Imagine you’re wearing a backpack. It’s heavy and it weighs almost as much as you do. Imagine you can’t take it of. You have tried, but nope, it seems to grown into your arms.
Having no other choice, you wear it all the time–at work, when you’re shopping, even when you’re out with your friends. No one seems to notice the backpack, but you can feel it sits on your arms, it pulls and pinches, your arms hurt, and your neck bends down… it hurts!
And that’s unforgiven hurt.
Months or years might pass; maybe you’ll get used to it. After all, you can get used to pain, right? Right?
Can you live with your hurt?
Well, it turns out you can. Many people do. That’s life, isn’t it?
But does that mean you should just accept that you were hurt?
Technically you could just ‘get over’ and ignore the pain, ignore the backpack on your arms. Sure you could. But…
What’s really risky about carrying around this backpack is that you start seeing the world through a prism of pain. Your hurt becomes an inner reference point.
A hurt person may not show it, but in fact is extremely sensitive inside. The sensitivity comes from the fear of being hurt and helpless again. It’s absolutely normal, come on, no one wants to suffer! No one is indifferent to pain brought by someone he loved!
This fear of being hurt again influences all the choices the person makes.
So even if you met the most incredible human being on earth, it would be very hard to trust him or her. Because it may hurt again, and for god’s sake, are you Job* from the Bible or something?
By Léon Bonnat – http://www.histoire-image.com, Public Domain, Link
*Job was ‘a good and prosperous family man who was beset by Satan with God’s permission with horrendous disasters that took away all that he holds dear, including his offspring, his health, and his property’ (by wikipedia).
So maybe it’s better not to put the guard down?
You’re gonna be lonely but safe.
Hold on. See how the hurt hits you in the first place? Not only it hurts, it takes away the ability to trust and leaves you in fear for another blow.
That’s why you need to act on it!
You need to act and let it go. Or kick it out, for that matter.
But was that so easy to let it go, you would have done it long ago
So how do you do that? Do you appeal to God’s mercy? Do you search for the compassion inside yourself? Or do you pray more?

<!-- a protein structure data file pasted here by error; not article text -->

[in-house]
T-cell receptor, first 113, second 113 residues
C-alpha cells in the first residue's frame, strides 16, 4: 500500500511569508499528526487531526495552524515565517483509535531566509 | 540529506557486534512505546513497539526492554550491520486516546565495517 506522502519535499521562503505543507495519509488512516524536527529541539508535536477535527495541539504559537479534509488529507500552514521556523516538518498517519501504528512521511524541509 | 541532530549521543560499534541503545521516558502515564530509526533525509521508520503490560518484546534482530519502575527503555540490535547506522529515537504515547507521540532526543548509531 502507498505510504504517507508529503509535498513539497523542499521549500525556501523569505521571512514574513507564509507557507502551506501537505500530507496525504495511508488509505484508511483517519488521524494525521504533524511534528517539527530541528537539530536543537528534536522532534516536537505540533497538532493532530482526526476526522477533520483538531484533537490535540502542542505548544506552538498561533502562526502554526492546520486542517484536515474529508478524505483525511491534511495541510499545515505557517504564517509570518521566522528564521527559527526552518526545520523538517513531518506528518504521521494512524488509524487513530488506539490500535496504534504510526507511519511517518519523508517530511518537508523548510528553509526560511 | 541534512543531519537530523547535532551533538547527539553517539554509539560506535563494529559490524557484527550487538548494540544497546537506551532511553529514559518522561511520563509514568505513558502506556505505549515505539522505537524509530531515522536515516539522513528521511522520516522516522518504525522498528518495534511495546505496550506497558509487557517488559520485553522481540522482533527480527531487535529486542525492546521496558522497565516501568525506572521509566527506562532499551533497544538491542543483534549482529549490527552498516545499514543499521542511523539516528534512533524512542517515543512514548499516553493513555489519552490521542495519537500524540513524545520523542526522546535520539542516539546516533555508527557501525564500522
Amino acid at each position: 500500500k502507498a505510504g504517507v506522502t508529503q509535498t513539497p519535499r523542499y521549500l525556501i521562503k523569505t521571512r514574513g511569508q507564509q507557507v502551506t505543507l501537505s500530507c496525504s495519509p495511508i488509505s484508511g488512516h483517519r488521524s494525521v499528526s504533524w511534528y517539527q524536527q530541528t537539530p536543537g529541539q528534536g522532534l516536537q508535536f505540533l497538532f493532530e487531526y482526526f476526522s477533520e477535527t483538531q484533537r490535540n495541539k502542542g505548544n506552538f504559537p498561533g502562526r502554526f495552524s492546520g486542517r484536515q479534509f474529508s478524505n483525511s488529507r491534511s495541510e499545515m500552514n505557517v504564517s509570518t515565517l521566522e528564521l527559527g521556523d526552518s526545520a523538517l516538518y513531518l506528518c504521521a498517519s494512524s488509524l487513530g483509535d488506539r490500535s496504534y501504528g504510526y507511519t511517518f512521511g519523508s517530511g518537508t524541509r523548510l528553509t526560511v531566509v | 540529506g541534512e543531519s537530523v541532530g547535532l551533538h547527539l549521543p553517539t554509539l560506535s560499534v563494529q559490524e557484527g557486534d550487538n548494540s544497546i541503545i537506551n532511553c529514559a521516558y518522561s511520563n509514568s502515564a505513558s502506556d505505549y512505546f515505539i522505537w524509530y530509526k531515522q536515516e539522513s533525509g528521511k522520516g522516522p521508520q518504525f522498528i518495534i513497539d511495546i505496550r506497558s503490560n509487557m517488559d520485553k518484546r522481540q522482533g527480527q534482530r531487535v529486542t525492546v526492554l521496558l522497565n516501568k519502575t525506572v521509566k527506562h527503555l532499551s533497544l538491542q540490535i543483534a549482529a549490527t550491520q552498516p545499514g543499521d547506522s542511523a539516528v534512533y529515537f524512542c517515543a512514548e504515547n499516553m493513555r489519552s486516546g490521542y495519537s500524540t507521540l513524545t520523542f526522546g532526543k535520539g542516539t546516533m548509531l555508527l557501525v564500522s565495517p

None of this ever worked for me.
Before I tell you what really worked, let’s see what is forgiveness all about
Forgiving is an act inside yourself.
Forgiving means letting go, really letting go inside.
You know that you forgave when there’s nothing more than a memory. It doesn’t vanish, the past doesn’t get wiped out miraculously. But there is no more pain about what was done to you.
It doesn’t have much to do with the person who hurt you. This is something you do for yourself and yourself only. Unforgiven injustice hurts you most of all. You–not the person who did it to you. So if you want to get rid of that crappy baggage, do it for yourself.
Do you need to face the person who hurt you?
It’s not necessary to face the person. Often, it’s not even possible for a number of reasons.
You might simply not want to. Or he or she might have moved far away or even be deceased already. The hurt might be a story from a long, long time ago.
Having said so, it’s like this person was still with you, in your head, in your memories; so alive, so present… So forgiving is about letting go of this person in your head. Or, if you rather, kicking him or her off.
A ‘how to’ to forgiveness and letting go
How do you get rid of it?
If your hurt is your backpack, then you have to empty it slowly.
Take out whatever’s in. Look at it closely. Yes, it means crying and going back to hurtful moments.
Once it’s out–acknowledgeyour hurt. You need to recognize and admit you were hurt.
Acknowledging your hurt may feel like showing the weakness. And it is but it’s not.
You admit there was something you cared about, you admit your vulnerability, you uncover your soft spot.
You need to get in touch with the helpless part of yourself as vulnerable as a baby, because only then you can sincerely acknowledge:
- that you can’t get over because it hurts too much
- that it was unfair
- that you didn’t deserve it
- that it made a huge rift in your heart
- that it hurts so fucking much!